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Can Biomarkers Improve Cardiovascular Risk Assessments in RA?

The TARGET (Treatments Against RA and Effect on FDG PET/CT) trial showed that different treatment strategies equally benefited arterial inflammation (by FDG-PET) in rheumatoid arthritis. A subsequent analysis of these patients showed several candidate biomarkers that may correlate with baseline and treatment‐associated changes in arterial inflammation in patients with RA. 

Cardiovascular comorbidity and outcomes are critically important in RA, however usual predictive factors (age, cholesterol, smoking) tend to underestimate cardiovascular risk in RA patients.

The TARGET trial enrolled 115 active RA patients on methotrexate and treated them with either TNF inhibitor or addition of sulfasalazine and hydroxychloroquine (triple therapy) for 24 weeks and then assess vascular outcomes at baseline and 24 weeks by FDG-PET.  Both treatment groups clinically improved and lowered their vascular inflammation score; but neither was superior to the other.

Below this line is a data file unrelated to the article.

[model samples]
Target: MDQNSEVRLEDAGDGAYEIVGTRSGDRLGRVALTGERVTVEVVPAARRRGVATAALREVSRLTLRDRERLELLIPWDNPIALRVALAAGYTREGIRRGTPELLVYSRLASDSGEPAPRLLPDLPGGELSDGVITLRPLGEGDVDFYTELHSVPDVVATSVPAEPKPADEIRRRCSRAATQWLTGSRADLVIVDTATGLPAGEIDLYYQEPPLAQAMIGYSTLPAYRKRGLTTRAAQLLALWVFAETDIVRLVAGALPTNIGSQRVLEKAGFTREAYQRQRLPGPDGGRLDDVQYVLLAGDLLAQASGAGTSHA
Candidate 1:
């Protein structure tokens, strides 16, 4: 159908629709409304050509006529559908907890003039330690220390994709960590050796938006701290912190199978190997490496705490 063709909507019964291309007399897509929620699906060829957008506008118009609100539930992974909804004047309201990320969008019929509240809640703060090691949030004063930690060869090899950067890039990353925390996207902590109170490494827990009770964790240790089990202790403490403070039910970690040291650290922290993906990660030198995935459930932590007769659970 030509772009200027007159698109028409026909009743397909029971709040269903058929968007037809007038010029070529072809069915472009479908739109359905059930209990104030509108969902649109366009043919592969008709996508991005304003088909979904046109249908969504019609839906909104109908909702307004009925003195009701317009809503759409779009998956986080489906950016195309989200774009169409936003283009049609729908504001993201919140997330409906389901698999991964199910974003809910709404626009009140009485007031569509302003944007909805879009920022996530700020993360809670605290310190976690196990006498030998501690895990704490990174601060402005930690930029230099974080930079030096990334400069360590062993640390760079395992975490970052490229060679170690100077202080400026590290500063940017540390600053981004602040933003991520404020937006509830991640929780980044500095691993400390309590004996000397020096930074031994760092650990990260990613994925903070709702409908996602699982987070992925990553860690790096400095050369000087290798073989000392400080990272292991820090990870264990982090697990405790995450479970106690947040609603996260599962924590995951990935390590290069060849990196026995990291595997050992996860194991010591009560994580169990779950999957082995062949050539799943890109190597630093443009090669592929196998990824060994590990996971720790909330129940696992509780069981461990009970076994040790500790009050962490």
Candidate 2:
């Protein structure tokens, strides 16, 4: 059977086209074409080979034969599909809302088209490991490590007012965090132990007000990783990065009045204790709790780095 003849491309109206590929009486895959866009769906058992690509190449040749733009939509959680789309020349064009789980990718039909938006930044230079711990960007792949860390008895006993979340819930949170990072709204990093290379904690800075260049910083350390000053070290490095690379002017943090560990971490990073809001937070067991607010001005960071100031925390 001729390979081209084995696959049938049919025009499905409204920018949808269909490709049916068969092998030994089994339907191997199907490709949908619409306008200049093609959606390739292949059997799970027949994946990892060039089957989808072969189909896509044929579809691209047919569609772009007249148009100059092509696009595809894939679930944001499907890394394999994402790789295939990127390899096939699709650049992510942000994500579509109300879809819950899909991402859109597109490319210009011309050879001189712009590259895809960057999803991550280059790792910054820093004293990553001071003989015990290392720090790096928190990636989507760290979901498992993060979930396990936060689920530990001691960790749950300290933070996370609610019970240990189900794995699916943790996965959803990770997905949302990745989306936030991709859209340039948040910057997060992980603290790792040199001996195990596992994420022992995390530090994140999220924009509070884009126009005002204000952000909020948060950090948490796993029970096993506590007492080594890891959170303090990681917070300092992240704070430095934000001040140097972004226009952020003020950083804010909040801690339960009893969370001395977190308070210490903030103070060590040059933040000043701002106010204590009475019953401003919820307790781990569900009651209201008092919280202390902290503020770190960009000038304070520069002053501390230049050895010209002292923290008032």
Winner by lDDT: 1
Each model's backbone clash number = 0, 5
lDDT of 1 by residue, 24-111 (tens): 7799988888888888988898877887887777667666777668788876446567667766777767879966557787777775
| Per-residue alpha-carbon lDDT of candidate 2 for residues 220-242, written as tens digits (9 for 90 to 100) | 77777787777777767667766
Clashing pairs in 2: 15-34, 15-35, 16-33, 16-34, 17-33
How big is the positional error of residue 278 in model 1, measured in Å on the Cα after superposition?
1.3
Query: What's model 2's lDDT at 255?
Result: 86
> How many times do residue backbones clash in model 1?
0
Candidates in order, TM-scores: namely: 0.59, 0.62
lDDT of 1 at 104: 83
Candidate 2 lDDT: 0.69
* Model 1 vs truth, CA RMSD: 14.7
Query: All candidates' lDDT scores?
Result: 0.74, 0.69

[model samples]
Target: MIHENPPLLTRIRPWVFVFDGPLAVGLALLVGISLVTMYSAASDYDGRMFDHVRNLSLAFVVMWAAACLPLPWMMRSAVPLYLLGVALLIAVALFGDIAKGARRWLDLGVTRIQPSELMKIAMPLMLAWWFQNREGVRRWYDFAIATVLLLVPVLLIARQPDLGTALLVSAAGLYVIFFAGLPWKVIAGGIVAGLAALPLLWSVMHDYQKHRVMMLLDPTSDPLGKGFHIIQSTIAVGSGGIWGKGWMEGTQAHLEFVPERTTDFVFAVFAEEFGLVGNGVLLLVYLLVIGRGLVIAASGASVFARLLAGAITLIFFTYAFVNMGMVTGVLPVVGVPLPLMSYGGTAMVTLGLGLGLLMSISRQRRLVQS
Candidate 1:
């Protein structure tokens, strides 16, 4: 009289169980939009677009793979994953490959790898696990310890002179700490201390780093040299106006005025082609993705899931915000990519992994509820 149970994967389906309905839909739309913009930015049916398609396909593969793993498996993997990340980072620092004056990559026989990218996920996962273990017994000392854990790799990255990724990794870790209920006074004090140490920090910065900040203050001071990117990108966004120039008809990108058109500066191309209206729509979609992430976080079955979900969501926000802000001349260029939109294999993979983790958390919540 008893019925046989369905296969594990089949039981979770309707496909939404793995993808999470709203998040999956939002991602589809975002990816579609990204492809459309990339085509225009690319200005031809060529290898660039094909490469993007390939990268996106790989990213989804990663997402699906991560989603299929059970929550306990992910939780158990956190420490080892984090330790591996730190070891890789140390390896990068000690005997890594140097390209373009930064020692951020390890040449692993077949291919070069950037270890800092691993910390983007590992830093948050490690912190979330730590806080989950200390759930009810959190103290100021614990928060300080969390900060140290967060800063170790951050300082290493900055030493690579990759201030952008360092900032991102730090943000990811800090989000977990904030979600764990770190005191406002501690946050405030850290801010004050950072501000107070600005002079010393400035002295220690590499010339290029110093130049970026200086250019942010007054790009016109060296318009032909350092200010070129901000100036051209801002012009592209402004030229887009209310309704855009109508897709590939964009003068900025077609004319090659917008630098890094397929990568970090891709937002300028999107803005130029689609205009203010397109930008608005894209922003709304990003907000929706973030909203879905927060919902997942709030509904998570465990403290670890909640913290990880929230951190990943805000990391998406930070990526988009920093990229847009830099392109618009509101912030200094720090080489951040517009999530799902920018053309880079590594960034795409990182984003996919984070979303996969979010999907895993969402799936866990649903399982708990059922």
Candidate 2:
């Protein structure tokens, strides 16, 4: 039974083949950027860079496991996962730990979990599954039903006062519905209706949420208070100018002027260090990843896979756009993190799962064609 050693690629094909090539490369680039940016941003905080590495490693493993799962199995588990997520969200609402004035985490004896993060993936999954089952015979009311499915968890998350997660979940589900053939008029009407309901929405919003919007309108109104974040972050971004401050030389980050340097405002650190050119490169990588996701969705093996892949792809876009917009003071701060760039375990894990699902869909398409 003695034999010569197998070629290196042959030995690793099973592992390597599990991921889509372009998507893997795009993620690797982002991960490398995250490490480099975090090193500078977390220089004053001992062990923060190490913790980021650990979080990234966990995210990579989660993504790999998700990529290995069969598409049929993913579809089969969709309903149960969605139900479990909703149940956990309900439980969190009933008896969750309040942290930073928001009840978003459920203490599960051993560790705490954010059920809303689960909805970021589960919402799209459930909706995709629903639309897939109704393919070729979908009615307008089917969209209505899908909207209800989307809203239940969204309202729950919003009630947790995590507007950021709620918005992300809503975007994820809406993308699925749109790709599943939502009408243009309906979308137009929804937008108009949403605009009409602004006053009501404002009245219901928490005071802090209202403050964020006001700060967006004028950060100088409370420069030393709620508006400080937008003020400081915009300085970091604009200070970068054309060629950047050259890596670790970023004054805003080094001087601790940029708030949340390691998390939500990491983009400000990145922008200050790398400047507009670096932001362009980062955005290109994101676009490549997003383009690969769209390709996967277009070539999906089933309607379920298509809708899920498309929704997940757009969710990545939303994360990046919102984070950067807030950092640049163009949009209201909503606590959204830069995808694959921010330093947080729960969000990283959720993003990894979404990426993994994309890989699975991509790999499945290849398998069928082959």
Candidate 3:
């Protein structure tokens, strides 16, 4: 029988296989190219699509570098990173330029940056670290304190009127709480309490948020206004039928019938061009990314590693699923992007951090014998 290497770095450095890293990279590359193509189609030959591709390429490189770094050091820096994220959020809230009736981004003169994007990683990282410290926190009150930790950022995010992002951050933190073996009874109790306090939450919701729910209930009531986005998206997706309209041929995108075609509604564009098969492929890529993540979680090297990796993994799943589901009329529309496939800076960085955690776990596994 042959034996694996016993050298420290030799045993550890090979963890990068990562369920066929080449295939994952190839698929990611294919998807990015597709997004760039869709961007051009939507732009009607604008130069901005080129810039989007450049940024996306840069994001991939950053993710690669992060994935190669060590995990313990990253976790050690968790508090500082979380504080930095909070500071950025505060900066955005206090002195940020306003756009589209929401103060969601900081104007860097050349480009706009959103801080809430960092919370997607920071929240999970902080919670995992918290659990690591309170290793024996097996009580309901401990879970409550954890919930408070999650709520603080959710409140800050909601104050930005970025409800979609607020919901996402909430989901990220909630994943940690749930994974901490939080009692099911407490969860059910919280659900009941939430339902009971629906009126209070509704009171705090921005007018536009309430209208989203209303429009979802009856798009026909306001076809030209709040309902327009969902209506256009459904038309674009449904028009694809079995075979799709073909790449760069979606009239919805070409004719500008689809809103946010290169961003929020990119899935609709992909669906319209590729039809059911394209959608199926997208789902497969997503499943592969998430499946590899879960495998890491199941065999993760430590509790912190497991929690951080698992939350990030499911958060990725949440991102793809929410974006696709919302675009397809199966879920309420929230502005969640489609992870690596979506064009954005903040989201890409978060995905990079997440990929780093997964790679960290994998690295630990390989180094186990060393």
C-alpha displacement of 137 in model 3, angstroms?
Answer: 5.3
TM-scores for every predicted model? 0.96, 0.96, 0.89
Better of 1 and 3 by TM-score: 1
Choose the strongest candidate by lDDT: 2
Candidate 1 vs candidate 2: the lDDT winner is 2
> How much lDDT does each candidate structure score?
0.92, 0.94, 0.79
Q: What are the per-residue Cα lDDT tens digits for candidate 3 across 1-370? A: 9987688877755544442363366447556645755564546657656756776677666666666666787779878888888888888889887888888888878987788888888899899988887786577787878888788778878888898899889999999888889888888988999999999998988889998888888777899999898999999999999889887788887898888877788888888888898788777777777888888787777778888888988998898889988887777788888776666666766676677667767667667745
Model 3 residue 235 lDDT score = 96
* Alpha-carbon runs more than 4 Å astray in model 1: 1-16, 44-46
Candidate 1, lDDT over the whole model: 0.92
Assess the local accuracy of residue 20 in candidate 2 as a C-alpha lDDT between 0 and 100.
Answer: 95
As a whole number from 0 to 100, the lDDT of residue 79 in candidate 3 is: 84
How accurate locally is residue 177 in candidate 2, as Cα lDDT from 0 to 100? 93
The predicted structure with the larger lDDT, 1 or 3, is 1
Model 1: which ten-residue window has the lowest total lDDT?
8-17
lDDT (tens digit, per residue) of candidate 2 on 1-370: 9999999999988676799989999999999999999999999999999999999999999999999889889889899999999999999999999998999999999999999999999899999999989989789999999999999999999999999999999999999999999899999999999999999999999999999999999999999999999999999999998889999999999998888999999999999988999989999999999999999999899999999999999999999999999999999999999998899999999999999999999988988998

In the current subanalysis 109 RA patients (median age 58 years, RA duration 1.4 years, 82% women) were analyzed for 24 different biomarkers.

Overall several biomarkers (serum amyloid A, CRP, soluble tumor necrosis factor receptor 1, adiponectin, YKL‐40, osteoprotegerin) were associated with significant changes in arterial inflammation as measured by FDG PET/CT scan. When these candidate biomarkers were combined with clinical variables, the correlations improved (R2 from 0.20 to 0.33; likelihood ratio P=0.0005).

These candidate biomarkers will be further tested in an external validation cohort for their utility in predicting clinical and CV outcomes.


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The author has no conflicts of interest to disclose related to this subject